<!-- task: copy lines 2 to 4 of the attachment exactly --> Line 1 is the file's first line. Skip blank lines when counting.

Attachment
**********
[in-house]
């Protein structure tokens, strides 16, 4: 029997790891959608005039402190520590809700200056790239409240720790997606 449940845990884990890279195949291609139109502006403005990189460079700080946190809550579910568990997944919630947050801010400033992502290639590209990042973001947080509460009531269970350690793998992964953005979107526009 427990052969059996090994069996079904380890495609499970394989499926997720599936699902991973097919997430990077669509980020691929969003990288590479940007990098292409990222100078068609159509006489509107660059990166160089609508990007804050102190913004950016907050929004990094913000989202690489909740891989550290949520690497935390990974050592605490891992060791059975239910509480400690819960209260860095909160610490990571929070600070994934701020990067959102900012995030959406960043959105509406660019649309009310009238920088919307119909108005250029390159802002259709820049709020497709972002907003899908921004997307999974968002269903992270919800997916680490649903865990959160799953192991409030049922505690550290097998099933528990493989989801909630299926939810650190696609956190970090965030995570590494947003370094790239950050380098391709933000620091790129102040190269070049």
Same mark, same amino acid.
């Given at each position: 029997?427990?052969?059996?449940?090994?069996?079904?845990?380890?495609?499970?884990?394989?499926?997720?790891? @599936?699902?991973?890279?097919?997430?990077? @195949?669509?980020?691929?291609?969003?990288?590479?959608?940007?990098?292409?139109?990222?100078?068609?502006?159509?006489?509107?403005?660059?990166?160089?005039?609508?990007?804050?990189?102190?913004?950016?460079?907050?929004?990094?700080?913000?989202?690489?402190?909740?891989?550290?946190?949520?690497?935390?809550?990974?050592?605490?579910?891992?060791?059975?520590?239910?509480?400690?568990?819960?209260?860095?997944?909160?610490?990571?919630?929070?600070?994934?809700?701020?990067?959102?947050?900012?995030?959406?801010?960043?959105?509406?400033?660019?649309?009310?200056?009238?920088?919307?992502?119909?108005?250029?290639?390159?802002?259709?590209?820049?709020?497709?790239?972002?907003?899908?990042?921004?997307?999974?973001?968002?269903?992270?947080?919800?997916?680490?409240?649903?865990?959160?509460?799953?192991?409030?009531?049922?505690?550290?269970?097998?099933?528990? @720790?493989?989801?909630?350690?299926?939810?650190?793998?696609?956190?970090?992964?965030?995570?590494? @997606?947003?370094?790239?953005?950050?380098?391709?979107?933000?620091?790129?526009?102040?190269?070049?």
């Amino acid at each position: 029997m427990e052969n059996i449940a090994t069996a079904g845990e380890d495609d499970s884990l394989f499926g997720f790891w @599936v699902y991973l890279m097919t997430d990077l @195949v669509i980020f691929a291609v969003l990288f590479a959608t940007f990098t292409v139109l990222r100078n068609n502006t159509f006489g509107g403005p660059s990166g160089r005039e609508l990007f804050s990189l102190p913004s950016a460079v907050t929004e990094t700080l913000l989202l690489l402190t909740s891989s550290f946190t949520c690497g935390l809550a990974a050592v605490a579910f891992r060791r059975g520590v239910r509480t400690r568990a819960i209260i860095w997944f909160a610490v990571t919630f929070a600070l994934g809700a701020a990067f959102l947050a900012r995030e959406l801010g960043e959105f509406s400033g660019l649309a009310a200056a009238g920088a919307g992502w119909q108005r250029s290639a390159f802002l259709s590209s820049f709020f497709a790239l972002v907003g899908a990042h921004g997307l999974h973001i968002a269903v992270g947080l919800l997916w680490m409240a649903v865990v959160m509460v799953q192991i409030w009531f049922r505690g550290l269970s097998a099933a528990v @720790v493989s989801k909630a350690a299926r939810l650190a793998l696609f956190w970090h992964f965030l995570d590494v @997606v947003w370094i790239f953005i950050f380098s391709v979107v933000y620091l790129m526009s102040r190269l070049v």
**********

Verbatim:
């Protein structure tokens, strides 16, 4: 029997790891959608005039402190520590809700200056790239409240720790997606 449940845990884990890279195949291609139109502006403005990189460079700080946190809550579910568990997944919630947050801010400033992502290639590209990042973001947080509460009531269970350690793998992964953005979107526009 427990052969059996090994069996079904380890495609499970394989499926997720599936699902991973097919997430990077669509980020691929969003990288590479940007990098292409990222100078068609159509006489509107660059990166160089609508990007804050102190913004950016907050929004990094913000989202690489909740891989550290949520690497935390990974050592605490891992060791059975239910509480400690819960209260860095909160610490990571929070600070994934701020990067959102900012995030959406960043959105509406660019649309009310009238920088919307119909108005250029390159802002259709820049709020497709972002907003899908921004997307999974968002269903992270919800997916680490649903865990959160799953192991409030049922505690550290097998099933528990493989989801909630299926939810650190696609956190970090965030995570590494947003370094790239950050380098391709933000620091790129102040190269070049």
Same mark, same amino acid.
């Given at each position: 029997?427990?052969?059996?449940?090994?069996?079904?845990?380890?495609?499970?884990?394989?499926?997720?790891? @599936?699902?991973?890279?097919?997430?990077? @195949?669509?980020?691929?291609?969003?990288?590479?959608?940007?990098?292409?139109?990222?100078?068609?502006?159509?006489?509107?403005?660059?990166?160089?005039?609508?990007?804050?990189?102190?913004?950016?460079?907050?929004?990094?700080?913000?989202?690489?402190?909740?891989?550290?946190?949520?690497?935390?809550?990974?050592?605490?579910?891992?060791?059975?520590?239910?509480?400690?568990?819960?209260?860095?997944?909160?610490?990571?919630?929070?600070?994934?809700?701020?990067?959102?947050?900012?995030?959406?801010?960043?959105?509406?400033?660019?649309?009310?200056?009238?920088?919307?992502?119909?108005?250029?290639?390159?802002?259709?590209?820049?709020?497709?790239?972002?907003?899908?990042?921004?997307?999974?973001?968002?269903?992270?947080?919800?997916?680490?409240?649903?865990?959160?509460?799953?192991?409030?009531?049922?505690?550290?269970?097998?099933?528990? @720790?493989?989801?909630?350690?299926?939810?650190?793998?696609?956190?970090?992964?965030?995570?590494? @997606?947003?370094?790239?953005?950050?380098?391709?979107?933000?620091?790129?526009?102040?190269?070049?």